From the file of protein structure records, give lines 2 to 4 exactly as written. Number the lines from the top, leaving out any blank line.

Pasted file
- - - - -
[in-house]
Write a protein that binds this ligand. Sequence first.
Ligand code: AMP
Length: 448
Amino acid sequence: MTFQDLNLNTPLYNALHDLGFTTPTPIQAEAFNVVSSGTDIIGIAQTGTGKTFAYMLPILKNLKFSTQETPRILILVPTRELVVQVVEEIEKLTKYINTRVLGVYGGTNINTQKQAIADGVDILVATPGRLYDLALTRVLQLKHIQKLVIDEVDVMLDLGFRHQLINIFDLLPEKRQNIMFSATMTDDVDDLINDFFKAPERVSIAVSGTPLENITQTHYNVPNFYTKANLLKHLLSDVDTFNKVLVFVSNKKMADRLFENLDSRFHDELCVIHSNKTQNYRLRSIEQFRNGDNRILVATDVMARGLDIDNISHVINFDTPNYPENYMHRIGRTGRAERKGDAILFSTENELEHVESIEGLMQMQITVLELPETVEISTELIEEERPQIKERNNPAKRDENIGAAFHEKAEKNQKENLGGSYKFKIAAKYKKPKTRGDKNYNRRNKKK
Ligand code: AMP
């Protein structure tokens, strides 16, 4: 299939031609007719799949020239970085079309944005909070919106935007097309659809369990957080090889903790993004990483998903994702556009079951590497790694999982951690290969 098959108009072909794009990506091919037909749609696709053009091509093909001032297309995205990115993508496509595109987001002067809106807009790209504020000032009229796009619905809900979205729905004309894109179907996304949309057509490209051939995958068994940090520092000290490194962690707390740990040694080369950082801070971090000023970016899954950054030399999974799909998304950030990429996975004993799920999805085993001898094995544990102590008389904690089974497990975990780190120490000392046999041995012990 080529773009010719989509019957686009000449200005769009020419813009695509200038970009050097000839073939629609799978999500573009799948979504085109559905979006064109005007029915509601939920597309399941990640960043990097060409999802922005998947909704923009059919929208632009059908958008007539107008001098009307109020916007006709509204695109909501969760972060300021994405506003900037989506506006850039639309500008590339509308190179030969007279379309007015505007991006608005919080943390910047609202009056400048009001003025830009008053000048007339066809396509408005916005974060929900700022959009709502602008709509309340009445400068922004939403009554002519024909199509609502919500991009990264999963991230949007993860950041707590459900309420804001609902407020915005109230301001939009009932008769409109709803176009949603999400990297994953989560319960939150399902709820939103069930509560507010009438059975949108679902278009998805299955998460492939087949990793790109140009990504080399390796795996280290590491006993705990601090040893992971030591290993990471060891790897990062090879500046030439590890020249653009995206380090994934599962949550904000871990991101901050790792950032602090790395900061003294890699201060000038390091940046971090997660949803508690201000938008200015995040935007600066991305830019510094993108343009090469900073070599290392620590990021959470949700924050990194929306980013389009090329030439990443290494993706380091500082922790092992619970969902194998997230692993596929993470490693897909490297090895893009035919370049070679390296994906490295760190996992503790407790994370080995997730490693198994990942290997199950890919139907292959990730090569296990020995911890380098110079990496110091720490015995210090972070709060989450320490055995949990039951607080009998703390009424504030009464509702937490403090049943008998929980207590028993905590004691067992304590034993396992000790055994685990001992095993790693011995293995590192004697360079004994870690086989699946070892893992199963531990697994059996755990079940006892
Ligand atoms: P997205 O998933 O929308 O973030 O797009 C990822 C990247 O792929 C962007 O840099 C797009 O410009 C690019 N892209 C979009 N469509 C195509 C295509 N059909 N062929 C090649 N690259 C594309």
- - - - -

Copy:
Write a protein that binds this ligand. Sequence first.
Ligand code: AMP
Length: 448